Yeti sightings in Himalayas

The creature which almost dragged the Sherpa girl, Lakhpa Domini, into a stream was ape-like. An ape with large eyes and black and brown hair. She had been at watch over her yaks near a stream near Machherma village when the thing seized her. Only after she gave a scream did the beast let go. Then it set about her yaks. The police were alerted. They found footprints to corroborate the tale.

Such episodes are quite common to the people who inhabit the Nepalese mountains, the Sherpas. This case is only known to the West because it was recounted by a Peace Corps volunteer called William Weber in the early Eighties (Welfare and Fairley, p-19-20).

The Abominable Snowman is a sensational legend – made all the more exotic as it issues from an out-of-the-way territory. What could be more romantic than the Himalayas: the land of the Dalai Lama, Shangri La, Tibetan monks and heroic endurance? What follows, though, is my attempt to show that there is more to the yeti than an escapist fable.

The Bear hypothesis.

Last November the internet, TV and newspapers thrummed with `final exposes` of the yeti enigma. A geneticist called Professor Bryan Sykes, who is attached to Oxford University, had unmasked the culprit. After having scanned two bits of hard evidence –hair samples from Bhutan and western Himalayas – he concluded that the yeti is...a bear.

`So that’s that one put in a box`, says Joe Public with a clap of the hand. `Pass me a pot noodle while I play a Scooby Doo video game`. As much as we `all-like-a-good-mystery`, we all like a good mystery wrapped up even more.

Read the small print, however, and you will see that Professor Sykes’s claim is neither simple nor unproblematic. He has just substituted one unknown animal for another – a new species of prehistoric bear. This may be a subspecies of brown bear that descended from a polar bear, or a cross-breed between a polar bear and a brown bear. Either way, its behaviour differs from that of a standard bear, thus accounting for yeti tales.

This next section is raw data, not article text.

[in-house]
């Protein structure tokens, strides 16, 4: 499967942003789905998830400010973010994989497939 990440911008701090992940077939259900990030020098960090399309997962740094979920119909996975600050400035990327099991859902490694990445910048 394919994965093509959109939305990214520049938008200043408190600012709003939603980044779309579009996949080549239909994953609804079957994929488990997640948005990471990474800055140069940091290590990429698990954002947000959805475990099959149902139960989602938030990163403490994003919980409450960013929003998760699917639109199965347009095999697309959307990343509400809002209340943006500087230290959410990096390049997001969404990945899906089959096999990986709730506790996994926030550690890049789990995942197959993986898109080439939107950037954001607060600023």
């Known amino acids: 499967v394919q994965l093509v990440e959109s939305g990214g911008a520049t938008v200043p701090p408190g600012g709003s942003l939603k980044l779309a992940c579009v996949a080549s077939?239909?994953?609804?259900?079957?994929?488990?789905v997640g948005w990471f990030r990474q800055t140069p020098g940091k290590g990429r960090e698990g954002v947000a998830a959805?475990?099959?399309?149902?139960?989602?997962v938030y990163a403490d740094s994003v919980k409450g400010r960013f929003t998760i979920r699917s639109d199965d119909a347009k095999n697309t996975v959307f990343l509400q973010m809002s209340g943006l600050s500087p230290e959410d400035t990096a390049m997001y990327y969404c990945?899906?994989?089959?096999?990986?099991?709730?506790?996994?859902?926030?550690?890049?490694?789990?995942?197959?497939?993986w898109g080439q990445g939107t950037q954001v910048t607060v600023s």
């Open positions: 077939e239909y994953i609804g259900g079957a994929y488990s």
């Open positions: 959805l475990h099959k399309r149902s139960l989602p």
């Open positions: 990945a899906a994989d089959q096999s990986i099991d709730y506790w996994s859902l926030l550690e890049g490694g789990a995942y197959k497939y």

The broadsheet columnist Anunja Ahuga could therefore announce `a dazzling discovery` of a `beast unknown to science` that even exists outside of `the fevered imagination of the locals` (Telegraph Online, November 21st, 2013). So, the Yeti is Dead...Long Live the Yeti...sort of!

The West and the Yeti.

Towering with dizzying height over verdant pastures like vast crystals, the Himalayan Mountain range encompasses Tibet, Nepal, Afghanistan, Bhutan and Sikkim. From time immemorial, the locals have spoken of a man-like beast that belongs to these heights.

The West first came to hear of this from the hill-walker B.H.Hodgson who related some tales from Northern Nepal in 1825. Then the military Major Lawrence Waddell recorded the first footprints in 1899. By 1921 journalists were already dashing out copy about the `Abominable Snowman`.

Then followed the craze of attempts to scale Mount Everest. The mountaineers brought with them the oxygen of publicity, and back with them stories of yeti encounters. The Second World War put a stop to the party for a while until 1951. This was when Eric Shipton reignited speculation with his dramatic snapshots of enormous foot tracks in the snow.

Witness transcriptions reveal some agreement. Our snowman averages six feet in height and is thick set with a weight between 200 and 400 pounds. The hair is shaggy grey or red brown and the face pale and hairless. The yeti stoops, sometimes on four legs, sometimes two, and its toes point backwards. The beast lives in mountain forests and caves and prefers to come out at night. There are times when the yeti attacks humans, hence the fear with which it is sometimes spoken of.

An early western conjecture was that what is being described is nothing more than an orang utan. This monkey, however, is too small to fit the profile. Besides how and why would this monkey stray so far from its native Borneo and Sumatra?

Bears though are known to inhabit the locality. They do match the yeti’s size. Furthermore, they can sometimes assume an upright posture. John Napier, the eminent British primatologist, considered a glorified bear to be behind the legend. Likewise, the Italian alpinist, Reinhold Messner,who had his own glimpse of the yeti, decided in the end that the elusive Tibetan blue bear might be the smoking gun. So if we look at Professor Sykes’s findings and arm ourselves with Occam’s razor then the bear hypothesis looks quite solid. Take a bear seen at a distance, add a dash of superstition, sauté on a low heat of tourism – and serve with journalistic hyperbole. Voila! A monster myth sprouts legs!

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